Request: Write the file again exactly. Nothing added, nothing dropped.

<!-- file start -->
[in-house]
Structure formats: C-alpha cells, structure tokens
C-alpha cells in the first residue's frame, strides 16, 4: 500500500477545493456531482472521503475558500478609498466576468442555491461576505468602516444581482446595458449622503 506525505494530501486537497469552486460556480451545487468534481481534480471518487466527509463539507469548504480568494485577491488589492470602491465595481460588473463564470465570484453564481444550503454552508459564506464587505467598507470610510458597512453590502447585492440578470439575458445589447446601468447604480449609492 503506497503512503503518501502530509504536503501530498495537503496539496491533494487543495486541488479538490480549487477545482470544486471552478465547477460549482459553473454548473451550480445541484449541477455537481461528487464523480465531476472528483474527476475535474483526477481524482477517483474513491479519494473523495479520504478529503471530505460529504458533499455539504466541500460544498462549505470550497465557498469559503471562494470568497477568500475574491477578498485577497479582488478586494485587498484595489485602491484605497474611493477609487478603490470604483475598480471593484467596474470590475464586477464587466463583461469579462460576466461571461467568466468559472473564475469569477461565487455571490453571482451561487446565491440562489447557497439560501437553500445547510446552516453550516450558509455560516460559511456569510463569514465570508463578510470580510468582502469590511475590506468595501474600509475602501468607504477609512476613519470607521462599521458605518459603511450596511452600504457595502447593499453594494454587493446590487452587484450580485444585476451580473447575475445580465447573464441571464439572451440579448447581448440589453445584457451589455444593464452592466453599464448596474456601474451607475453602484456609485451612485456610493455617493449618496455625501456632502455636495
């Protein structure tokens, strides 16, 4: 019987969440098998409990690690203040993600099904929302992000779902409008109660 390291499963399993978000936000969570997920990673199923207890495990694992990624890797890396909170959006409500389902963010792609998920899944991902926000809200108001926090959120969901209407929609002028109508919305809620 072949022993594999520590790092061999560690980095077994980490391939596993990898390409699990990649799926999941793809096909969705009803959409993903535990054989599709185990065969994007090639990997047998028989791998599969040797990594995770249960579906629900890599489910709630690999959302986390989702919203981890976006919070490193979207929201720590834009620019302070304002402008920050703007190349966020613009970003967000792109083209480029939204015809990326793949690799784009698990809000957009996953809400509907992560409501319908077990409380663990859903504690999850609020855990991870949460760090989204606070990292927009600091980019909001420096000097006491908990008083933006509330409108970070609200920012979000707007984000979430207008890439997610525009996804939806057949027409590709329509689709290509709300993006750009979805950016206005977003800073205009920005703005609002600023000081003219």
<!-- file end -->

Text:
[in-house]
Structure formats: C-alpha cells, structure tokens
C-alpha cells in the first residue's frame, strides 16, 4: 500500500477545493456531482472521503475558500478609498466576468442555491461576505468602516444581482446595458449622503 506525505494530501486537497469552486460556480451545487468534481481534480471518487466527509463539507469548504480568494485577491488589492470602491465595481460588473463564470465570484453564481444550503454552508459564506464587505467598507470610510458597512453590502447585492440578470439575458445589447446601468447604480449609492 503506497503512503503518501502530509504536503501530498495537503496539496491533494487543495486541488479538490480549487477545482470544486471552478465547477460549482459553473454548473451550480445541484449541477455537481461528487464523480465531476472528483474527476475535474483526477481524482477517483474513491479519494473523495479520504478529503471530505460529504458533499455539504466541500460544498462549505470550497465557498469559503471562494470568497477568500475574491477578498485577497479582488478586494485587498484595489485602491484605497474611493477609487478603490470604483475598480471593484467596474470590475464586477464587466463583461469579462460576466461571461467568466468559472473564475469569477461565487455571490453571482451561487446565491440562489447557497439560501437553500445547510446552516453550516450558509455560516460559511456569510463569514465570508463578510470580510468582502469590511475590506468595501474600509475602501468607504477609512476613519470607521462599521458605518459603511450596511452600504457595502447593499453594494454587493446590487452587484450580485444585476451580473447575475445580465447573464441571464439572451440579448447581448440589453445584457451589455444593464452592466453599464448596474456601474451607475453602484456609485451612485456610493455617493449618496455625501456632502455636495
């Protein structure tokens, strides 16, 4: 019987969440098998409990690690203040993600099904929302992000779902409008109660 390291499963399993978000936000969570997920990673199923207890495990694992990624890797890396909170959006409500389902963010792609998920899944991902926000809200108001926090959120969901209407929609002028109508919305809620 072949022993594999520590790092061999560690980095077994980490391939596993990898390409699990990649799926999941793809096909969705009803959409993903535990054989599709185990065969994007090639990997047998028989791998599969040797990594995770249960579906629900890599489910709630690999959302986390989702919203981890976006919070490193979207929201720590834009620019302070304002402008920050703007190349966020613009970003967000792109083209480029939204015809990326793949690799784009698990809000957009996953809400509907992560409501319908077990409380663990859903504690999850609020855990991870949460760090989204606070990292927009600091980019909001420096000097006491908990008083933006509330409108970070609200920012979000707007984000979430207008890439997610525009996804939806057949027409590709329509689709290509709300993006750009979805950016206005977003800073205009920005703005609002600023000081003219």